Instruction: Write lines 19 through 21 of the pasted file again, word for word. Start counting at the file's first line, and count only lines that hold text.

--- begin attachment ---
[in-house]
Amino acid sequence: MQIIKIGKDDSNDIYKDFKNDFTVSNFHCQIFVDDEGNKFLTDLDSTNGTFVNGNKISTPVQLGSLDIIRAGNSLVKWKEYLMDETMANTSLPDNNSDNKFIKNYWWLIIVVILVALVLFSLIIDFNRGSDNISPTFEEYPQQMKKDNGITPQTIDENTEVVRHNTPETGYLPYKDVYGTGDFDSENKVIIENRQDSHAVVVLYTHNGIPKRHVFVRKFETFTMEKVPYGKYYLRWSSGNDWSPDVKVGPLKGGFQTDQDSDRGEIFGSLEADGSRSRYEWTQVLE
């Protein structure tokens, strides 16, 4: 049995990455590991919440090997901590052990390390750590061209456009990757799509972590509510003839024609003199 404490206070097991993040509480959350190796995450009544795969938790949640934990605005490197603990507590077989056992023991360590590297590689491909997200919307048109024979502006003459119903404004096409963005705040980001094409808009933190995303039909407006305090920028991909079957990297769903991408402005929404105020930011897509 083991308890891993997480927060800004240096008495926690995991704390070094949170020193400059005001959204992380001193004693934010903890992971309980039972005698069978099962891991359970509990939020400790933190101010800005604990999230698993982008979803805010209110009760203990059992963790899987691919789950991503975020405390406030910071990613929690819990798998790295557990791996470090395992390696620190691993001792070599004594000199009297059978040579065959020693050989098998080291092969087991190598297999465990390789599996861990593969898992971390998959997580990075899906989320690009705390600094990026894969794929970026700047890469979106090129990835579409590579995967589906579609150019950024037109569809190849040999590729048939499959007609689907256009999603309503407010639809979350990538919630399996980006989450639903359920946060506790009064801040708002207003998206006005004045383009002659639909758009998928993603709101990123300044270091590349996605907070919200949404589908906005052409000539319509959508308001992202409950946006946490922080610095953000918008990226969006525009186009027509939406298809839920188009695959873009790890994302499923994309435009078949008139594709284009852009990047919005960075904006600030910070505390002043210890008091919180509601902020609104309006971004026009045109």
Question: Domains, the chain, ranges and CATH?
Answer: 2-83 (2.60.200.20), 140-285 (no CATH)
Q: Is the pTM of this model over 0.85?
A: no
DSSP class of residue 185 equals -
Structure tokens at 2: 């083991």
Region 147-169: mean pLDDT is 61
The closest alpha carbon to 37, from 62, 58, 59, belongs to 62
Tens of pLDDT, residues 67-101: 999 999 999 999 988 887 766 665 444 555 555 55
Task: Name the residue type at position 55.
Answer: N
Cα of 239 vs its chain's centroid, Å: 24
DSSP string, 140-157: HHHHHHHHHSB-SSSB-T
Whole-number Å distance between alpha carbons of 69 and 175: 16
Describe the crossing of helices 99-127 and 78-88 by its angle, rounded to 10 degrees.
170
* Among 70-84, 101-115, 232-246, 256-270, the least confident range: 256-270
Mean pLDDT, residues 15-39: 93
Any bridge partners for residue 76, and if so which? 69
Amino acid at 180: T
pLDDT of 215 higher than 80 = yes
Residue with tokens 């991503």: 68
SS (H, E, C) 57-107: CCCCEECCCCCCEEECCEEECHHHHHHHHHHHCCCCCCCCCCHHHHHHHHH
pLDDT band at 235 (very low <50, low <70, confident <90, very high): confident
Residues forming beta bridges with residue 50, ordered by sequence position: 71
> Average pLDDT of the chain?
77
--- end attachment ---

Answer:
170
* Among 70-84, 101-115, 232-246, 256-270, the least confident range: 256-270
Mean pLDDT, residues 15-39: 93